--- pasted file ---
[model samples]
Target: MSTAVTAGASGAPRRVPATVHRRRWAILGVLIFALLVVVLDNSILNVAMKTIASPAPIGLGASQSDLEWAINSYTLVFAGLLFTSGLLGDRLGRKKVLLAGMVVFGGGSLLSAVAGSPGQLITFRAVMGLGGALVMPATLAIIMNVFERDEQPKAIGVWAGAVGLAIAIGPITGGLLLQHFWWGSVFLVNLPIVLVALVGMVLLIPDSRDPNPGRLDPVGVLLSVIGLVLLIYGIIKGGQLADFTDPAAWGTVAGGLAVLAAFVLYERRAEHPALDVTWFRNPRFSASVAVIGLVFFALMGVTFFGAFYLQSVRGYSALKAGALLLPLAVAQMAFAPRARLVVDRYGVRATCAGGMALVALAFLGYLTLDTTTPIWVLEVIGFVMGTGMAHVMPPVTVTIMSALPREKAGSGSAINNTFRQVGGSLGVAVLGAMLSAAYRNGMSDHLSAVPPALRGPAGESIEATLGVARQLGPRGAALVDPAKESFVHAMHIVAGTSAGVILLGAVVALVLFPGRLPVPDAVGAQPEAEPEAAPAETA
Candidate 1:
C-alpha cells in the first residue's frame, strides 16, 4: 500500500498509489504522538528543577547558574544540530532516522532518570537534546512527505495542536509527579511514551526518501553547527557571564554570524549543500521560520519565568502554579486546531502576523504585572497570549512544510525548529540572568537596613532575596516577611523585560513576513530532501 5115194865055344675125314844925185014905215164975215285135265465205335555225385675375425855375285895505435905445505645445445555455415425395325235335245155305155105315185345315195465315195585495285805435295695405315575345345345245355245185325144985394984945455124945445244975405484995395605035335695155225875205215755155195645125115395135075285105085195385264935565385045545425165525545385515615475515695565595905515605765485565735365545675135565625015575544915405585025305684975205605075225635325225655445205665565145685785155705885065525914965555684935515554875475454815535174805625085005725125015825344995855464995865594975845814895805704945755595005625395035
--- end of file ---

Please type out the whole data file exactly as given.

[model samples]
Target: MSTAVTAGASGAPRRVPATVHRRRWAILGVLIFALLVVVLDNSILNVAMKTIASPAPIGLGASQSDLEWAINSYTLVFAGLLFTSGLLGDRLGRKKVLLAGMVVFGGGSLLSAVAGSPGQLITFRAVMGLGGALVMPATLAIIMNVFERDEQPKAIGVWAGAVGLAIAIGPITGGLLLQHFWWGSVFLVNLPIVLVALVGMVLLIPDSRDPNPGRLDPVGVLLSVIGLVLLIYGIIKGGQLADFTDPAAWGTVAGGLAVLAAFVLYERRAEHPALDVTWFRNPRFSASVAVIGLVFFALMGVTFFGAFYLQSVRGYSALKAGALLLPLAVAQMAFAPRARLVVDRYGVRATCAGGMALVALAFLGYLTLDTTTPIWVLEVIGFVMGTGMAHVMPPVTVTIMSALPREKAGSGSAINNTFRQVGGSLGVAVLGAMLSAAYRNGMSDHLSAVPPALRGPAGESIEATLGVARQLGPRGAALVDPAKESFVHAMHIVAGTSAGVILLGAVVALVLFPGRLPVPDAVGAQPEAEPEAAPAETA
Candidate 1:
C-alpha cells in the first residue's frame, strides 16, 4: 500500500498509489504522538528543577547558574544540530532516522532518570537534546512527505495542536509527579511514551526518501553547527557571564554570524549543500521560520519565568502554579486546531502576523504585572497570549512544510525548529540572568537596613532575596516577611523585560513576513530532501 5115194865055344675125314844925185014905215164975215285135265465205335555225385675375425855375285895505435905445505645445445555455415425395325235335245155305155105315185345315195465315195585495285805435295695405315575345345345245355245185325144985394984945455124945445244975405484995395605035335695155225875205215755155195645125115395135075285105085195385264935565385045545425165525545385515615475515695565595905515605765485565735365545675135565625015575544915405585025305684975205605075225635325225655445205665565145685785155705885065525914965555684935515554875475454815535174805625085005725125015825344995855464995865594975845814895805704945755595005625395035